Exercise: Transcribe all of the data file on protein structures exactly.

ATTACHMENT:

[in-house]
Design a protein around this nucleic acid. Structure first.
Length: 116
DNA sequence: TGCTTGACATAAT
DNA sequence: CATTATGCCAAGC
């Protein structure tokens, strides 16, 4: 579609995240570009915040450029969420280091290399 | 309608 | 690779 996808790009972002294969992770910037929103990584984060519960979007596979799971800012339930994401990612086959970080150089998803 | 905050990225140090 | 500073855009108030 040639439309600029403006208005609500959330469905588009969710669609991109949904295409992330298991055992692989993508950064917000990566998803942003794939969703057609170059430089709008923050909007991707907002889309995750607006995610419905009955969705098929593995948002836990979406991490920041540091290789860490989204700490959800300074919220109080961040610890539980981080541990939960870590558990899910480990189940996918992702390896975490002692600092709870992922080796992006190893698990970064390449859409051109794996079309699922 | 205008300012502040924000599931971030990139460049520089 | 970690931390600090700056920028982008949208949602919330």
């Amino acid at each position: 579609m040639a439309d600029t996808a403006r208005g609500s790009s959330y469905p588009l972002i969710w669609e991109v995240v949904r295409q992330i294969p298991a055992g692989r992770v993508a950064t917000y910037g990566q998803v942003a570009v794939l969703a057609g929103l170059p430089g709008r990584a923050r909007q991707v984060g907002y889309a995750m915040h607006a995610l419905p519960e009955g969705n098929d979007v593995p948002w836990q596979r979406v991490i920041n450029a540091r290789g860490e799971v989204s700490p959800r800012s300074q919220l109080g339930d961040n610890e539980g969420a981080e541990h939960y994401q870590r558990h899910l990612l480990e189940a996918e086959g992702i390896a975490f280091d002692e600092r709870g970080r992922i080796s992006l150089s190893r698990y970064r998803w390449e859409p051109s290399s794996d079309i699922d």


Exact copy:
[in-house]
Design a protein around this nucleic acid. Structure first.
Length: 116
DNA sequence: TGCTTGACATAAT
DNA sequence: CATTATGCCAAGC
């Protein structure tokens, strides 16, 4: 579609995240570009915040450029969420280091290399 | 309608 | 690779 996808790009972002294969992770910037929103990584984060519960979007596979799971800012339930994401990612086959970080150089998803 | 905050990225140090 | 500073855009108030 040639439309600029403006208005609500959330469905588009969710669609991109949904295409992330298991055992692989993508950064917000990566998803942003794939969703057609170059430089709008923050909007991707907002889309995750607006995610419905009955969705098929593995948002836990979406991490920041540091290789860490989204700490959800300074919220109080961040610890539980981080541990939960870590558990899910480990189940996918992702390896975490002692600092709870992922080796992006190893698990970064390449859409051109794996079309699922 | 205008300012502040924000599931971030990139460049520089 | 970690931390600090700056920028982008949208949602919330």
């Amino acid at each position: 579609m040639a439309d600029t996808a403006r208005g609500s790009s959330y469905p588009l972002i969710w669609e991109v995240v949904r295409q992330i294969p298991a055992g692989r992770v993508a950064t917000y910037g990566q998803v942003a570009v794939l969703a057609g929103l170059p430089g709008r990584a923050r909007q991707v984060g907002y889309a995750m915040h607006a995610l419905p519960e009955g969705n098929d979007v593995p948002w836990q596979r979406v991490i920041n450029a540091r290789g860490e799971v989204s700490p959800r800012s300074q919220l109080g339930d961040n610890e539980g969420a981080e541990h939960y994401q870590r558990h899910l990612l480990e189940a996918e086959g992702i390896a975490f280091d002692e600092r709870g970080r992922i080796s992006l150089s190893r698990y970064r998803w390449e859409p051109s290399s794996d079309i699922d």